• It is very typical for people to follow a similar pattern when they learn new skills. Refer to above and explain. Use examples (riding a bike, driving a car etc…when you are learning you should not add more instructions than they can handle until it becomes routine/comfortable) You should not add more on a specific skill until they are at least at Stage 3 or ideally Stage 4. Transition to next slide- how do you “coach” them through each stage? Can you use the same exact approach while they are learning? What if your primary coaching style is continue to challenge people- “you can do it” approach. What if they can’t? This can cause someone to fail/lose confidence and turnover too quickly. Let’s briefly discuss some of the “coaching styles” and how you can adjust your approach based on where they are in the learning curve.
  • What are the different approaches you can take? Here are 4 easy to remember approaches. Challenge- there are times you flat out need to call them out and ask them to raise the bar and perform at a higher level Direct- is where you give them step by step instructions and show them what to do- we can ’t assume they can always figure it out on their own Coach- provide them with emotional support, encouragement, “you can do it”, “it will get better” etc… Manage- you have to make sure they are doing the right things so they don ’t form bad habits. If you reinforce the wrong behavior inadvertently (because you didn’t inspect) it could be disastrous. Now- let ’s take the learning curve and the training/coaching style and match them up.
  • {Wendy}
  • © 2008 Adecco NA and Performance Methods, Inc. - All rights reserved.
  • {Wendy}
  • Too often the order is reversed due to some new “fancy process or technology” and we end up wondering why it didn’t work.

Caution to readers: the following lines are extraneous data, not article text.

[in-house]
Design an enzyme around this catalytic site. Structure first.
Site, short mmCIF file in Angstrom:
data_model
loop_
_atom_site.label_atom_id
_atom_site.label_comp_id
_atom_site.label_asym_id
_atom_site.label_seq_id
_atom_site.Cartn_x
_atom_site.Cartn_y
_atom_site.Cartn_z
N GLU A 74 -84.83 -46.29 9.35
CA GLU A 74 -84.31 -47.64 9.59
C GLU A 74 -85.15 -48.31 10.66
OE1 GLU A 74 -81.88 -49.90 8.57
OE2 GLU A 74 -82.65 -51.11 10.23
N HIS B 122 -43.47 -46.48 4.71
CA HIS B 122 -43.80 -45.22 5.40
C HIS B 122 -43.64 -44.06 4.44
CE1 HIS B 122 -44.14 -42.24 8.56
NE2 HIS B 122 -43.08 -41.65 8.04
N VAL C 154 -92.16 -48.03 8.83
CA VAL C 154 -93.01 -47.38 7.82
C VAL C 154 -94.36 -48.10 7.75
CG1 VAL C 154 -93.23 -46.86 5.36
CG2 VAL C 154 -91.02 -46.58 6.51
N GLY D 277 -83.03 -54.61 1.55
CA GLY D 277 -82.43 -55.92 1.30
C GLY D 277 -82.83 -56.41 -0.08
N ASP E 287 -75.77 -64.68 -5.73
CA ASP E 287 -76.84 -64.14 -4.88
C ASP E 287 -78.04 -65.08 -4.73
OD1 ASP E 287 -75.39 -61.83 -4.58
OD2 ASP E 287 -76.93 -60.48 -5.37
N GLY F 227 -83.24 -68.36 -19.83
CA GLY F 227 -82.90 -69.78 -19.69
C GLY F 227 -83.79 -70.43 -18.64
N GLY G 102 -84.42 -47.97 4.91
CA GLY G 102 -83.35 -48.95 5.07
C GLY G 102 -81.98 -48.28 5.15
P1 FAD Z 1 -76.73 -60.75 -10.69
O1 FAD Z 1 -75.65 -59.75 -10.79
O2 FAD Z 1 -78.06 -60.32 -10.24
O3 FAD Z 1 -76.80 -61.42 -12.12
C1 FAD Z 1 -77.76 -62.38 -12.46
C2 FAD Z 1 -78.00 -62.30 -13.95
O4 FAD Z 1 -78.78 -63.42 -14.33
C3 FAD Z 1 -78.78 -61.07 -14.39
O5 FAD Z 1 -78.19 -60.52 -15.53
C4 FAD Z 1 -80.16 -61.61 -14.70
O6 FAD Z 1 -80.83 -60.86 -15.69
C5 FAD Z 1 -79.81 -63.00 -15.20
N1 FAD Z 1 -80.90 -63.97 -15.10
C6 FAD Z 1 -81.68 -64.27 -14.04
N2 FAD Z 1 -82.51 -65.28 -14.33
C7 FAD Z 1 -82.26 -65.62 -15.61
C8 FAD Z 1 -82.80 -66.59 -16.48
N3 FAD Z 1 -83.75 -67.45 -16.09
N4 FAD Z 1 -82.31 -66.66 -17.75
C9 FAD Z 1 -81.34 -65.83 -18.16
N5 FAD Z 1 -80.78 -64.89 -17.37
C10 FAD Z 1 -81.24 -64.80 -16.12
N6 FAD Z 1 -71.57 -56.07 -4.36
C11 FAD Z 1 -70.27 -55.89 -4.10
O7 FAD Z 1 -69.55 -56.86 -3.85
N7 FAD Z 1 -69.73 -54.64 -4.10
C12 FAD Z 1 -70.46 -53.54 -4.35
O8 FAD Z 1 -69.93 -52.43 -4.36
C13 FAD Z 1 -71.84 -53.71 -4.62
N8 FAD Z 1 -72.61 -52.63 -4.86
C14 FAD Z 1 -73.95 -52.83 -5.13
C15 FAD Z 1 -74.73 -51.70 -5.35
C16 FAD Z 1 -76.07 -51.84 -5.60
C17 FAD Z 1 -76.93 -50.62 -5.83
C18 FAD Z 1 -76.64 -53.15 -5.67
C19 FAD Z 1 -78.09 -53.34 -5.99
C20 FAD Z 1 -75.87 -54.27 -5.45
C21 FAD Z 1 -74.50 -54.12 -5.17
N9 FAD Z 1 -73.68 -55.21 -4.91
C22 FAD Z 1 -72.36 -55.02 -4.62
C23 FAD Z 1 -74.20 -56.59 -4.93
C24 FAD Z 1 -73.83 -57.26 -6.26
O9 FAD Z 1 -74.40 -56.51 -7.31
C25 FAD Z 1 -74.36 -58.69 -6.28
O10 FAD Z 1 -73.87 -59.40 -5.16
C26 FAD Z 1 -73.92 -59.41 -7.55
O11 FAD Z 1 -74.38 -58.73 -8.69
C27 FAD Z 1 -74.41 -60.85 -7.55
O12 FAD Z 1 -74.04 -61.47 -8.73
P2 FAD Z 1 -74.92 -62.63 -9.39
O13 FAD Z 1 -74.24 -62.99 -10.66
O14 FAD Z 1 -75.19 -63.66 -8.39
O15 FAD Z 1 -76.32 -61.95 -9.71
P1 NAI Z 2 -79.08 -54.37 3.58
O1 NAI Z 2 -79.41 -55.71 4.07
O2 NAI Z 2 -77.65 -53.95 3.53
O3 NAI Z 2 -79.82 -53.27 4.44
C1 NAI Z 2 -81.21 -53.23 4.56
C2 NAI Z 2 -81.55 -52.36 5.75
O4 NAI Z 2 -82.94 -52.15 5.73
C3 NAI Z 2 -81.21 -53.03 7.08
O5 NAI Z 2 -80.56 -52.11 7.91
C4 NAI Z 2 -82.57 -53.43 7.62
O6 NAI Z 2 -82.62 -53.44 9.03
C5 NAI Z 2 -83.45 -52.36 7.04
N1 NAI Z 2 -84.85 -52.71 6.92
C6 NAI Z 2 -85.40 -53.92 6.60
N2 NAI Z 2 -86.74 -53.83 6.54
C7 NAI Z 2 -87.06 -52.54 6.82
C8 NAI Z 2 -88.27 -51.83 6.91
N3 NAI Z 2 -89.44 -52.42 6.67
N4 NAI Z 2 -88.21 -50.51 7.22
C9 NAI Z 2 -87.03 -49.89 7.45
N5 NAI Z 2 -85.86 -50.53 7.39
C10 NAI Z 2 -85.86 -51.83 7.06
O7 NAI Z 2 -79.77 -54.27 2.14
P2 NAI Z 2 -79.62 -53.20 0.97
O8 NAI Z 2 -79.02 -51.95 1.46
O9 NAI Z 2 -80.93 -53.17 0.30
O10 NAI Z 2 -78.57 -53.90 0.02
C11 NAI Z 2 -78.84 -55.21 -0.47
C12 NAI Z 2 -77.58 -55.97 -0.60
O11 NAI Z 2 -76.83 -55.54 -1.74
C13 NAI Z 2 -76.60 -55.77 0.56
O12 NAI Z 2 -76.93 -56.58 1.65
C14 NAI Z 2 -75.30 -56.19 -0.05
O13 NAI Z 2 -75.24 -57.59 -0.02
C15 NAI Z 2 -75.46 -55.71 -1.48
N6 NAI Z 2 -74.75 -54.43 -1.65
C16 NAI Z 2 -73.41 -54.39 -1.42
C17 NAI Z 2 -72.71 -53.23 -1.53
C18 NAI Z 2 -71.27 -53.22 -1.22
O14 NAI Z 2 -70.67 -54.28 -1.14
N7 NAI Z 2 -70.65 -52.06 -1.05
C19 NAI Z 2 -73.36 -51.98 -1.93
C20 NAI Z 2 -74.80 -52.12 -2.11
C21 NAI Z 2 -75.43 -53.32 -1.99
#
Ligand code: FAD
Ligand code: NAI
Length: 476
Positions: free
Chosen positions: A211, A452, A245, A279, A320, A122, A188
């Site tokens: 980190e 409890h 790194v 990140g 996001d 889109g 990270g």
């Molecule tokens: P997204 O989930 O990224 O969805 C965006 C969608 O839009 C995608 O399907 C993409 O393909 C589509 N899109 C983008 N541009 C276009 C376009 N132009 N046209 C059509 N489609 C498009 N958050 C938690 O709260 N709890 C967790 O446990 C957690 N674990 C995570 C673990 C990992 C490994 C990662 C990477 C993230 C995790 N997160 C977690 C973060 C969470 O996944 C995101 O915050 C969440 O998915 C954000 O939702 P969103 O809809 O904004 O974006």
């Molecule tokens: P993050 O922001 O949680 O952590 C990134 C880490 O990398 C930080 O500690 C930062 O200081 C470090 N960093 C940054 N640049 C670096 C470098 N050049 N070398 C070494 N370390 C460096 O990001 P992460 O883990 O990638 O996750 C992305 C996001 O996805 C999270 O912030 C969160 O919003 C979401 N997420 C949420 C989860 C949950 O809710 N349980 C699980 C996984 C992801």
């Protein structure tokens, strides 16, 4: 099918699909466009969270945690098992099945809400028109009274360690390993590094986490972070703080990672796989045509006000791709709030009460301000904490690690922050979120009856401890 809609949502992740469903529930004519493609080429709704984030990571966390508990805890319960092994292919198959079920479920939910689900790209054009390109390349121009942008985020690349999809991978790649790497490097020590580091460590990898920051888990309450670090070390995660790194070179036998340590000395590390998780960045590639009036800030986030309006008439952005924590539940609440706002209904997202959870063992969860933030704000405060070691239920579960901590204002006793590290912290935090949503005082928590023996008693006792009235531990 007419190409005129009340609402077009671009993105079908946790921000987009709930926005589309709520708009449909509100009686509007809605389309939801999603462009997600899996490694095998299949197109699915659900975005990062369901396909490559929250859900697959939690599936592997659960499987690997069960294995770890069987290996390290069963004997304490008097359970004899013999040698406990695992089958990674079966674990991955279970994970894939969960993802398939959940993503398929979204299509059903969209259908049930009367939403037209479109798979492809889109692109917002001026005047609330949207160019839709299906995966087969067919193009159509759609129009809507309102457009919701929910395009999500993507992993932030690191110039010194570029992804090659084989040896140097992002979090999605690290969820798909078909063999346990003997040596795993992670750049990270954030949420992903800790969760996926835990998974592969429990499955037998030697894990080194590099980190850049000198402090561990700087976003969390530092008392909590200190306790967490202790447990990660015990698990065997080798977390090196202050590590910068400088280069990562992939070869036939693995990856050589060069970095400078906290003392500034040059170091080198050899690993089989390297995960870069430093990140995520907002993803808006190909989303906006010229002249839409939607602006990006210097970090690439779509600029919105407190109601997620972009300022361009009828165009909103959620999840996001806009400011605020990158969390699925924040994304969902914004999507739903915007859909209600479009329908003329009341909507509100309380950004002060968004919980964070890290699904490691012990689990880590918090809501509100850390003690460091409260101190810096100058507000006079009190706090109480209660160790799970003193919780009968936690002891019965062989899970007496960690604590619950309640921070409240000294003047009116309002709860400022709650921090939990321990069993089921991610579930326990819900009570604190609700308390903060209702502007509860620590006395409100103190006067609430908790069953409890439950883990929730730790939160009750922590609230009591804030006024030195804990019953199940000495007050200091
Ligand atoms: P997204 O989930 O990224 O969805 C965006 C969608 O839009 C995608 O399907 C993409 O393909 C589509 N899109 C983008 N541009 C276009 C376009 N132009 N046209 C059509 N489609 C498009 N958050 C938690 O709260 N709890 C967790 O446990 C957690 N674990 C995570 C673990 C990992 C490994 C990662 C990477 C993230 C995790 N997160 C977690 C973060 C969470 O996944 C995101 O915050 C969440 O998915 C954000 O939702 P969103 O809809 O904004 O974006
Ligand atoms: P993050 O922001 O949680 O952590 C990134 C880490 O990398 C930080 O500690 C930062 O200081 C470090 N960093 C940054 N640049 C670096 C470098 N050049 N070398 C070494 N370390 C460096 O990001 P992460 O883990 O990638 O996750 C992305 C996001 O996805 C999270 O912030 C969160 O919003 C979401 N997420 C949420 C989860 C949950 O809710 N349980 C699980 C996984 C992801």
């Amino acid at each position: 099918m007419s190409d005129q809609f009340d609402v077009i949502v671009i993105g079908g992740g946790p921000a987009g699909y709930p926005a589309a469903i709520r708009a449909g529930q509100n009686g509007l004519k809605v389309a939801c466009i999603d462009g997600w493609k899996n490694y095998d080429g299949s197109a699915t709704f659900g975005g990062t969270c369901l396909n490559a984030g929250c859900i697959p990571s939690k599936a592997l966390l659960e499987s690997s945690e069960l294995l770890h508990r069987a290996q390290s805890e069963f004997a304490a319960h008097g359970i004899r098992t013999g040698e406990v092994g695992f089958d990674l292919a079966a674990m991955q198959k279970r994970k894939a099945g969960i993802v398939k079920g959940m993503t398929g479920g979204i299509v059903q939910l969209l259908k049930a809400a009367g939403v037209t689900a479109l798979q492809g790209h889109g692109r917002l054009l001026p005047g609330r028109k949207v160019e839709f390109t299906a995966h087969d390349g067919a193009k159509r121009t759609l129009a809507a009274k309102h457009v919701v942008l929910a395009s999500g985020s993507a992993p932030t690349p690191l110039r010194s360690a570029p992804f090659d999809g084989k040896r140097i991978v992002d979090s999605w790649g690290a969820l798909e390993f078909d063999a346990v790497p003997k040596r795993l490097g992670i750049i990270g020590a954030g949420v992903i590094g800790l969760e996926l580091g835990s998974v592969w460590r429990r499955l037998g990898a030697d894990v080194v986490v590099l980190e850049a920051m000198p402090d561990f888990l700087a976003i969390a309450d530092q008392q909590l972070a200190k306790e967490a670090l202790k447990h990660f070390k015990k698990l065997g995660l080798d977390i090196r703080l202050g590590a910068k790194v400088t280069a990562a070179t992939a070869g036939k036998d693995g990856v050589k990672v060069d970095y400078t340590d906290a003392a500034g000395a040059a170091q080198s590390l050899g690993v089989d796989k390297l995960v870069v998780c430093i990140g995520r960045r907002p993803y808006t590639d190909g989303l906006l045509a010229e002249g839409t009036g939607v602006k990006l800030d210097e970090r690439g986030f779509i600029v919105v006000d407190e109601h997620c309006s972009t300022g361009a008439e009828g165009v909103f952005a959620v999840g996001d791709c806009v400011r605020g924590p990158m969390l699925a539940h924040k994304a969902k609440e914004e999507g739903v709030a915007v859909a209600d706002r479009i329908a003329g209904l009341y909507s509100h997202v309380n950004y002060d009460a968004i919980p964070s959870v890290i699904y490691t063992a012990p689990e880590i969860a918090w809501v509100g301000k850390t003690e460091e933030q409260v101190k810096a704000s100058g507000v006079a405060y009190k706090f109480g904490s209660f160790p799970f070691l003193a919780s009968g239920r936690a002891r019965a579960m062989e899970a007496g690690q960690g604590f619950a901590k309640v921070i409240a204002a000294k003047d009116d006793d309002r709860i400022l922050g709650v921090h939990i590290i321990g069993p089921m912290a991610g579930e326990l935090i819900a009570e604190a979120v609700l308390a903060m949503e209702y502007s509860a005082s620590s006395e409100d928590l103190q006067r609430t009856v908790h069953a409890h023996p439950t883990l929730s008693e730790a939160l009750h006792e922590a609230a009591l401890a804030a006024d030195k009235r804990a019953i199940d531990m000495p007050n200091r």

• Transcript

    • 1. Tricks of the trade: Management techniques that work David Adams, Vice President of Learning and Development at Adecco Group North America
    • 2. About us Adecco Staffing US is the nation ’s leading provider of recruitment and workforce solutions. We are the pre-eminent workforce management partner for Fortune 500 companies and career advisement expert for American workers, serving all of the key industries and professions that drive our economy forward. Adecco has over 900 career centers and, on any given day, connects 70,000 talented workers to the best job opportunities across the country, making us one of America ’s largest employers. Please visit us at adeccousa.com.
    • 3. About our presenter <ul><li>Has built several successful learning and development programs across the nation for employees </li></ul><ul><li>More than two decades of experience in the staffing industry </li></ul><ul><li>Has taught learning and development classes at the University of Washington in Seattle </li></ul>David Adams Vice President of Leadership and Development at Adecco Group North America
    • 4. Agenda <ul><li>Management and leadership fallacies </li></ul><ul><li>Your management style </li></ul><ul><li>Developing your management/leadership competencies </li></ul><ul><li>Motivator </li></ul><ul><li>Communicator </li></ul><ul><li>Coach (developing individuals) </li></ul><ul><li>General Manager (managing teams) </li></ul><ul><li>Guiding change within your organization </li></ul><ul><li>Question + Answer </li></ul>
    • 5. Management and leadership fallacies <ul><li>Is one style of management superior to others? </li></ul><ul><li>Are leaders born and not made? </li></ul><ul><li>What ’s the difference between management and leadership? </li></ul>